Les Evans, City Manager

 


6. July 4th Independence Day Celebration. (Rosenfeld)

Recommendation: Authorize payment to Conte Productions for the production of the July 4th Independence Day Celebration.

HONORABLE MAYOR AND MEMBERS OF CITY COUNCIL

RON ROSENFELD, DIRECTOR, RECREATION AND PARKS

AUGUST 1, 2000

JULY 4TH INDEPENDENCE DAY CELEBRATION

 

RECOMMENDATION

Authorize payment to Conte Productions for the production of the July 4th, 2000, Independence Day Celebration.

BACKGROUND

The City has provided an annual July 4th Independence Day Celebration for the community since 1976. In 1992 the Council elected to privatize the event and the City entered into an agreement with Conte Productions to manage and produce the celebration. The management agreement has been renewed twice, and the contract currently is to not exceed $8,000 per year.

ANALYSIS

The City's July 4th Independence Day Celebration has become an annual tradition for the residents of Rancho Palos Verdes and the Peninsula. Although it is a goal to make this event self-sustaining, in the effort to make the celebration even bigger and better each year and with Council's decision to reduce the price of the rides, it has required some City subsidy. For the past four years, to help reduce the subsidy, the Recreation and Parks Committee has solicited cash donations and prizes for the games. This year they collected $2,300 in cash sponsorship donations and approximately $600 in prize and game merchandise. In addition, Waste Management provided the portable toilets, sinks, trash boxes/bags, and roll-offs, (a savings of $2,000), and Coach USA/California Charter donated approximately $750 in services, (one bus and driver for shuttle service and a reduced price for the second bus and driver).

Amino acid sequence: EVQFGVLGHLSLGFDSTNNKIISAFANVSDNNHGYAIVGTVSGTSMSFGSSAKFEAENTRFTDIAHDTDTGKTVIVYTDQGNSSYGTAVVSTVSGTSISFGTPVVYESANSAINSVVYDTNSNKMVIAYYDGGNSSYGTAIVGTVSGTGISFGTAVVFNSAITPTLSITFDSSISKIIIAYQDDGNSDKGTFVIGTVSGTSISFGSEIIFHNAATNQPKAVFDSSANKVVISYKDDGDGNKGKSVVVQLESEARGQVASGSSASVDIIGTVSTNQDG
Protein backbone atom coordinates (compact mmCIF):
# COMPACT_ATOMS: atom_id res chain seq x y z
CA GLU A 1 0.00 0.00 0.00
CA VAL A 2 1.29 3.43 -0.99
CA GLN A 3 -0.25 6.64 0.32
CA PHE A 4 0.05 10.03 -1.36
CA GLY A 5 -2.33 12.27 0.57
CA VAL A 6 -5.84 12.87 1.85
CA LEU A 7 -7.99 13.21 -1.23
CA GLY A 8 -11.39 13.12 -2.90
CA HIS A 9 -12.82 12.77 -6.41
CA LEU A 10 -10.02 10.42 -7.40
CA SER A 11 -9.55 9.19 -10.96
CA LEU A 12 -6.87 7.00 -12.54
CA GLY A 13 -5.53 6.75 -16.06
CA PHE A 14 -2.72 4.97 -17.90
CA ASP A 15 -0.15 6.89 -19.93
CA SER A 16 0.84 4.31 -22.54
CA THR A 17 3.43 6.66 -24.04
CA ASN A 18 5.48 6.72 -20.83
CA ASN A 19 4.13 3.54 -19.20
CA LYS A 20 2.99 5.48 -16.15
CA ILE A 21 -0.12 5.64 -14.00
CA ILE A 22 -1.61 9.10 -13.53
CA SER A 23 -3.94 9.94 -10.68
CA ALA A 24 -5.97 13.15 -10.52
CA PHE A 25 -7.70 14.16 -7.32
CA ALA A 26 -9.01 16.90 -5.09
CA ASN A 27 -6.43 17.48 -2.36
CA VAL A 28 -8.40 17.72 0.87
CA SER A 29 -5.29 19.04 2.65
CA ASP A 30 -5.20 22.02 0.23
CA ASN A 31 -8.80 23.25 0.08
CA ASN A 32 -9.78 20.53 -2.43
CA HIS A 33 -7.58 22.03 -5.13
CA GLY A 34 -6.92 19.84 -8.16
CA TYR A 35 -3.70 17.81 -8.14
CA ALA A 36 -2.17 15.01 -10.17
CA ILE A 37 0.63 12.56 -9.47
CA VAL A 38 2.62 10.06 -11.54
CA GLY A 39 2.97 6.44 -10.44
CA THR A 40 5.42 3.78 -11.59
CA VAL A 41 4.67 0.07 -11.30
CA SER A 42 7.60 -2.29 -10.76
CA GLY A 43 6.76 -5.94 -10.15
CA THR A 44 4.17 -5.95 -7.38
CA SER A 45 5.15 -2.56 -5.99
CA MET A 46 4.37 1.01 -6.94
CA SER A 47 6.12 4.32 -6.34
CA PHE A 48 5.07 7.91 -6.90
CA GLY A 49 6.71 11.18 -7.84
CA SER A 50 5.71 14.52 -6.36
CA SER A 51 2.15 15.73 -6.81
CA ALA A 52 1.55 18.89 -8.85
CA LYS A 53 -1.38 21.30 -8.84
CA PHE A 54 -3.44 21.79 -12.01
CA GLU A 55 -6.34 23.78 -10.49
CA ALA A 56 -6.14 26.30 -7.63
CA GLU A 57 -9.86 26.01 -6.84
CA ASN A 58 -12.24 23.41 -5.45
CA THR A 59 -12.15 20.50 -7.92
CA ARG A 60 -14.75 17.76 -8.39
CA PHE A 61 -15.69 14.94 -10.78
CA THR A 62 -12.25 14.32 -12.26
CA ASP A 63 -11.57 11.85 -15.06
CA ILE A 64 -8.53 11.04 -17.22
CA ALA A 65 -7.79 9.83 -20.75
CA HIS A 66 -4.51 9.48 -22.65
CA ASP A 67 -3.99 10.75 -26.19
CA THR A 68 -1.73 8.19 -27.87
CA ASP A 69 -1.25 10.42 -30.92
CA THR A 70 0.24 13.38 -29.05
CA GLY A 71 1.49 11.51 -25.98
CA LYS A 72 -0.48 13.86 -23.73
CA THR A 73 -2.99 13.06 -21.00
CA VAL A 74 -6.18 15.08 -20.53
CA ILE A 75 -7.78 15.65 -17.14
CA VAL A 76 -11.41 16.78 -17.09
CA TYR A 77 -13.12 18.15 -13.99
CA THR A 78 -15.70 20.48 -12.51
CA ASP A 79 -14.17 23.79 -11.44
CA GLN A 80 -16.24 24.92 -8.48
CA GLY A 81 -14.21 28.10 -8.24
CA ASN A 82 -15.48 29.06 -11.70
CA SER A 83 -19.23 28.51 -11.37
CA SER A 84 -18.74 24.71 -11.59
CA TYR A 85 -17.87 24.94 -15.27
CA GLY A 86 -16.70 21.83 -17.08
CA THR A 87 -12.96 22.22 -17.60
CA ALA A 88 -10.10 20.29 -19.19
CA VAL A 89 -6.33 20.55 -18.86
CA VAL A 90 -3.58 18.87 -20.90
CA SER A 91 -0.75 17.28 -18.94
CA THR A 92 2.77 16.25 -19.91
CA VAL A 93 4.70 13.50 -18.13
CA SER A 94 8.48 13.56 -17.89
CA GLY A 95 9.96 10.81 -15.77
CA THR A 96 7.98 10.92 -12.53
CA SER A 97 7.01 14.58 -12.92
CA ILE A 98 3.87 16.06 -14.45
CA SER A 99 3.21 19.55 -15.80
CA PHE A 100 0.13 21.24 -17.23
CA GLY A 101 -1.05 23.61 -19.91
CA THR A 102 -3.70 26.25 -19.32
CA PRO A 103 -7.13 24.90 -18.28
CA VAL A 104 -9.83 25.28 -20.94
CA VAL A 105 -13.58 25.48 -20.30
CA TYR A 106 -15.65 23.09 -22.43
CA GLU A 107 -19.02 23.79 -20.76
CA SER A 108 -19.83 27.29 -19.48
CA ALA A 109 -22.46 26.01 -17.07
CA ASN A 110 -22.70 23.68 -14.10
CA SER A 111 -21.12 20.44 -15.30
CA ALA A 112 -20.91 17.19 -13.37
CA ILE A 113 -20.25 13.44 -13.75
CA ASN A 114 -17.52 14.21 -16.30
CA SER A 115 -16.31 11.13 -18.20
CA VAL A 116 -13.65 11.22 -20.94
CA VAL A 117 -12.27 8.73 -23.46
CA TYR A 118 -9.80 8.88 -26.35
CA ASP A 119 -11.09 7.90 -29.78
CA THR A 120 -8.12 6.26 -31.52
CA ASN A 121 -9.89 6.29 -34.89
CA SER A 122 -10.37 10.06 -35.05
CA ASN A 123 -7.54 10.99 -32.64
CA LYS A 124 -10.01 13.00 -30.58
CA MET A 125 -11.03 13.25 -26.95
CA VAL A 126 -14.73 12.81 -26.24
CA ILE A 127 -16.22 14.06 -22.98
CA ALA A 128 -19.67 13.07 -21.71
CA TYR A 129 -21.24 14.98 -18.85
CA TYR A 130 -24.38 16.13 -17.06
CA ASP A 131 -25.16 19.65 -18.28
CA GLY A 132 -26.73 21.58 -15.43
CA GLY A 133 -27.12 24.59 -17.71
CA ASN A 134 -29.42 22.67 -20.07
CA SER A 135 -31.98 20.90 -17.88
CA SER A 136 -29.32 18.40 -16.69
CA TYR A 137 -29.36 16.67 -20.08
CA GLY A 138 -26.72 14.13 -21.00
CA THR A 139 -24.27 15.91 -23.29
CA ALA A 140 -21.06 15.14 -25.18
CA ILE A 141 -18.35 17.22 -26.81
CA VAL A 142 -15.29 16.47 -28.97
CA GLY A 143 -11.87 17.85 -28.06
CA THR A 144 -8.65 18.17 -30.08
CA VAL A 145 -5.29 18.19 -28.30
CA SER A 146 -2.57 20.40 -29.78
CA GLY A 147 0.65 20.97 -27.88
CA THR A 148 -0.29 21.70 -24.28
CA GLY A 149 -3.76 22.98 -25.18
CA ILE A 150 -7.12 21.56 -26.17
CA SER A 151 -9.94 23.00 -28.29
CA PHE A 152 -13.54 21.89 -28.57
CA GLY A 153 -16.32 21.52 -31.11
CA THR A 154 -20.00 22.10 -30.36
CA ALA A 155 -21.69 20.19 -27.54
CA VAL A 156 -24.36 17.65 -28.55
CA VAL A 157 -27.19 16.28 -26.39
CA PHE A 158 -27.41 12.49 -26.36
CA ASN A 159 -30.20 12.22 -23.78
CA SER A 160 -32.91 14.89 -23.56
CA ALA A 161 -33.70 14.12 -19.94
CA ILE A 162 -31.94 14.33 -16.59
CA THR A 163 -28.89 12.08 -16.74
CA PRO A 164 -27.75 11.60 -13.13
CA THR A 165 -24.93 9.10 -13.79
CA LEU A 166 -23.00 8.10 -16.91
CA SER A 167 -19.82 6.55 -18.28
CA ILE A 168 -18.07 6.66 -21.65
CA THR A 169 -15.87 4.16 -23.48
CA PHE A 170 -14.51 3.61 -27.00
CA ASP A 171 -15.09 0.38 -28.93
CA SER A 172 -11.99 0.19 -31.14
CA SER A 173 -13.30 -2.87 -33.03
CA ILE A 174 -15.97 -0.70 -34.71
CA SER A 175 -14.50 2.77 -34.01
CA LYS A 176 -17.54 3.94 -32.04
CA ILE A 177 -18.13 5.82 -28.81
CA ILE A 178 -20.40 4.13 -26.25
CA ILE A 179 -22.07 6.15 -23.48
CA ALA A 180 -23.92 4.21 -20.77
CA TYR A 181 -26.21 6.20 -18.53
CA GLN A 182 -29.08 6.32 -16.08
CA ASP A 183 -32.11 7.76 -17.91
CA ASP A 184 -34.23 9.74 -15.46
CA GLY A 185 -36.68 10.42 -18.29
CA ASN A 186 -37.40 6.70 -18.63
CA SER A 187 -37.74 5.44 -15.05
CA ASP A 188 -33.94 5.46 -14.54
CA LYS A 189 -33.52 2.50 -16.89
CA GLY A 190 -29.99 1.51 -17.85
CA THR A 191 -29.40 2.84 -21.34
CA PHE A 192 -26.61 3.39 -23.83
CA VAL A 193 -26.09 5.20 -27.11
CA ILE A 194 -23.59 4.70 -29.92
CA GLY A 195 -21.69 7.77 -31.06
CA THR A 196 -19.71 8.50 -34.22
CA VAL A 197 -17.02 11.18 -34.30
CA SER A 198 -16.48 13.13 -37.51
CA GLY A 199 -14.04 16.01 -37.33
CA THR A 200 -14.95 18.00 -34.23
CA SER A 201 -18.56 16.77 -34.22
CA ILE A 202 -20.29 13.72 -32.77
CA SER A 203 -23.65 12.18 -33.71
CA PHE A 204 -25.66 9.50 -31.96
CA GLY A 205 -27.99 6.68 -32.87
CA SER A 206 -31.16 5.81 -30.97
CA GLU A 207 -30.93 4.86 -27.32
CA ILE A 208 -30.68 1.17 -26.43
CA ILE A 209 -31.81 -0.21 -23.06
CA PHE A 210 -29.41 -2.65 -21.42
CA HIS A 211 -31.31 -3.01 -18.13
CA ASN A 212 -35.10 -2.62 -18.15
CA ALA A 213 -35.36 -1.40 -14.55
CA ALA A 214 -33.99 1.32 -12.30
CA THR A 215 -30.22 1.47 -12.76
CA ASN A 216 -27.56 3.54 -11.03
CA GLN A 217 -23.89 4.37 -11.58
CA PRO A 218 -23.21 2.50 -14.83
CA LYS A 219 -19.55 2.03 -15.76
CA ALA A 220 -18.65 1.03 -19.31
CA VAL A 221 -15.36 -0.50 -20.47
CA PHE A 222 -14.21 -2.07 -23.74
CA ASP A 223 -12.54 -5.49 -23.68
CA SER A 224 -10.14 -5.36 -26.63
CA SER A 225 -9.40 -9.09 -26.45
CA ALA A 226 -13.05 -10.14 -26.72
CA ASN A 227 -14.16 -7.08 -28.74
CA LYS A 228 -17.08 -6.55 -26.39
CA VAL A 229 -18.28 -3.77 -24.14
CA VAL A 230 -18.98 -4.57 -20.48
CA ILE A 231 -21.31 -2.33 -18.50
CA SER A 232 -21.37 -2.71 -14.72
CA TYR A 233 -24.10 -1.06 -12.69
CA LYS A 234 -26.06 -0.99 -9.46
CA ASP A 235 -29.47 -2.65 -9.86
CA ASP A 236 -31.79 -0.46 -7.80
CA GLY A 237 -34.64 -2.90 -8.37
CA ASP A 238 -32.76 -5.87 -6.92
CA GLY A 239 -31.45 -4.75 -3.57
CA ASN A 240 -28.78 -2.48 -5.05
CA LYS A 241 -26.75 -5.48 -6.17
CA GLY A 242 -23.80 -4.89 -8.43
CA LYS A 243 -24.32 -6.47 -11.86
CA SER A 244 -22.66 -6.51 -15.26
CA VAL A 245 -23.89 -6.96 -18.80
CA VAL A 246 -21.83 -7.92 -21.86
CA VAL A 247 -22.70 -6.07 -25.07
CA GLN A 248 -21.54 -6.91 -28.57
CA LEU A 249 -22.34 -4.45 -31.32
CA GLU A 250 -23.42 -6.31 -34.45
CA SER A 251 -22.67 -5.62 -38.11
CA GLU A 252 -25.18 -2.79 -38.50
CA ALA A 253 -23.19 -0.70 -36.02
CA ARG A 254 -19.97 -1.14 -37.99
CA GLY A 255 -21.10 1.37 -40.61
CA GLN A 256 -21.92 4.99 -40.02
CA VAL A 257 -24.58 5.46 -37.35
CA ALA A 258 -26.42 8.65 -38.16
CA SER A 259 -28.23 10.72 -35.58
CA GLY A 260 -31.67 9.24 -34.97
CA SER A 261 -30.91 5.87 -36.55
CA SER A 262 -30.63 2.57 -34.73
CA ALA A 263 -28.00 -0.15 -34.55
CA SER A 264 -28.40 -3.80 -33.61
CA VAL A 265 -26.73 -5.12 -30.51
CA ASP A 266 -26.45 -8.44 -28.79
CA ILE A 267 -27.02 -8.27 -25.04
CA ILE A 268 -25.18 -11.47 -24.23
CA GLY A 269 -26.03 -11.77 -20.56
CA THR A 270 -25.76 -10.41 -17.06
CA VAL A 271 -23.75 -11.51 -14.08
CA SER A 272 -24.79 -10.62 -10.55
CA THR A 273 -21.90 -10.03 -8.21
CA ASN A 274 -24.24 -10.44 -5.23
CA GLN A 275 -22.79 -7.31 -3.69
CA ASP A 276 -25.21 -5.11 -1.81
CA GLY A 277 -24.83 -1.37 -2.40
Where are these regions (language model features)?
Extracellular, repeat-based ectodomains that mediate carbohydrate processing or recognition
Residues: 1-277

FISCAL IMPACT

The cost of the 2000 celebration remained under the production company's contractual fee of $8,000.

Cost to the City for 2000 is $6,570.02. A total payment of $8,870.02 is due Conte Productions for the event. This includes City costs of $6,570.02 and a reimbursement to Conte Productions of $2,300, the amount of sponsorship donation checks that were made payable to the City and deposited in the City's account.

Listed below are costs incurred by the City for the years since privatization, 1992-2000:

YEAR COST TO THE CITY

1992

1993

1994

1995

1996

1997

1998

1999

2000

$4,835.05

$3,898.66

$4,239.79

$1,985.94

$2,101.30

$1,076.89

$4,299.64

$6,288.00

$6,570.02

 

CONCLUSION

Conte Productions provided a safe and successful community event on July 4th and remained within the terms of their agreement with the City. They are now requesting payment for their services.

Respectfully submitted,
Ron Rosenfeld, Director, Recreation and Parks

Reviewed,
Les Evans, City Manager

 


7. Gifts for Parks. (Rosenfeld)

Recommendation: Accept the Gifts for Parks donations and direct staff to prepare letters for the Mayor's signature expressing the Councils appreciation.

HONORABLE MAYOR AND MEMBERS OF CITY COUNCIL